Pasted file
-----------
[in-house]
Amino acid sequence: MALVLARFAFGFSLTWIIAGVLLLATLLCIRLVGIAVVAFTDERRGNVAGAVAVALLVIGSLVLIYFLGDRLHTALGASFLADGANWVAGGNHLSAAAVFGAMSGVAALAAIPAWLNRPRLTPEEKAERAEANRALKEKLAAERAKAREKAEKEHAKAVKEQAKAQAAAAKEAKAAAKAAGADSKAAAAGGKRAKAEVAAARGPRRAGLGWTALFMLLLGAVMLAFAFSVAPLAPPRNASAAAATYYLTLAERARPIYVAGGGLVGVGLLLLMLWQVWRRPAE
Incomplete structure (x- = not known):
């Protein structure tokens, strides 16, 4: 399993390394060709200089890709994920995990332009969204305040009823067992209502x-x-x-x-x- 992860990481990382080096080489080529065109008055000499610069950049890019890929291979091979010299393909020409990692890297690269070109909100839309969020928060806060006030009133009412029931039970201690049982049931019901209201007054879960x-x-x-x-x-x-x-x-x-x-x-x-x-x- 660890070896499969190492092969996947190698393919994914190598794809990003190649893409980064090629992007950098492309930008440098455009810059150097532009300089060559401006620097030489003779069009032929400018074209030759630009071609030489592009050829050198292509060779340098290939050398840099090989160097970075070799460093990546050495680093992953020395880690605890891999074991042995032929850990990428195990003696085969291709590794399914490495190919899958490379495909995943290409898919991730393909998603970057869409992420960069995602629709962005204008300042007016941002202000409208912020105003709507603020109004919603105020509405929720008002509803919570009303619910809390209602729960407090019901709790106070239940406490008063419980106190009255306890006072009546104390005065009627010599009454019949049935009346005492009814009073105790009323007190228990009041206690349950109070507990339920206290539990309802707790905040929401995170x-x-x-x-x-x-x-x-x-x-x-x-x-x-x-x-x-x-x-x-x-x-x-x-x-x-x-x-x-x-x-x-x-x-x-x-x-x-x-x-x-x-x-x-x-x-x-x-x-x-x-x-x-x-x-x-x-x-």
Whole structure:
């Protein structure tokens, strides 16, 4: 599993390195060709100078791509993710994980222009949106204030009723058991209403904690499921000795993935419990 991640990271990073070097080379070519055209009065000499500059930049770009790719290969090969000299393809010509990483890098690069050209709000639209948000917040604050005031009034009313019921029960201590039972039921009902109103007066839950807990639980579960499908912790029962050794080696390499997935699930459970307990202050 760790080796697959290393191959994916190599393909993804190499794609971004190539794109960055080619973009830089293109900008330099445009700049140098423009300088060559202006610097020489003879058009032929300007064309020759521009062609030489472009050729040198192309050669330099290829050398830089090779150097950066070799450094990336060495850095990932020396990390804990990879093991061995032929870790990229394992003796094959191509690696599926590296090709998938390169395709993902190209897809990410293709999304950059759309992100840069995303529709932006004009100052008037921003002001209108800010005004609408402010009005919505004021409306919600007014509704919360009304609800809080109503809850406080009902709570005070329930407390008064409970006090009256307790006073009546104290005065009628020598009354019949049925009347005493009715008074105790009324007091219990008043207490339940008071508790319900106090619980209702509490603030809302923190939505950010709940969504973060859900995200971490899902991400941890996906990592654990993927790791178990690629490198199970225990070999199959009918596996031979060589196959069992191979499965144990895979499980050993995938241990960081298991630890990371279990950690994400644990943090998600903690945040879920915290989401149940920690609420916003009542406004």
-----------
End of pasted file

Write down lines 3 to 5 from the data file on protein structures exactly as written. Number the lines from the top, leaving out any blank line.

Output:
Incomplete structure (x- = not known):
């Protein structure tokens, strides 16, 4: 399993390394060709200089890709994920995990332009969204305040009823067992209502x-x-x-x-x- 992860990481990382080096080489080529065109008055000499610069950049890019890929291979091979010299393909020409990692890297690269070109909100839309969020928060806060006030009133009412029931039970201690049982049931019901209201007054879960x-x-x-x-x-x-x-x-x-x-x-x-x-x- 660890070896499969190492092969996947190698393919994914190598794809990003190649893409980064090629992007950098492309930008440098455009810059150097532009300089060559401006620097030489003779069009032929400018074209030759630009071609030489592009050829050198292509060779340098290939050398840099090989160097970075070799460093990546050495680093992953020395880690605890891999074991042995032929850990990428195990003696085969291709590794399914490495190919899958490379495909995943290409898919991730393909998603970057869409992420960069995602629709962005204008300042007016941002202000409208912020105003709507603020109004919603105020509405929720008002509803919570009303619910809390209602729960407090019901709790106070239940406490008063419980106190009255306890006072009546104390005065009627010599009454019949049935009346005492009814009073105790009323007190228990009041206690349950109070507990339920206290539990309802707790905040929401995170x-x-x-x-x-x-x-x-x-x-x-x-x-x-x-x-x-x-x-x-x-x-x-x-x-x-x-x-x-x-x-x-x-x-x-x-x-x-x-x-x-x-x-x-x-x-x-x-x-x-x-x-x-x-x-x-x-x-």
Whole structure: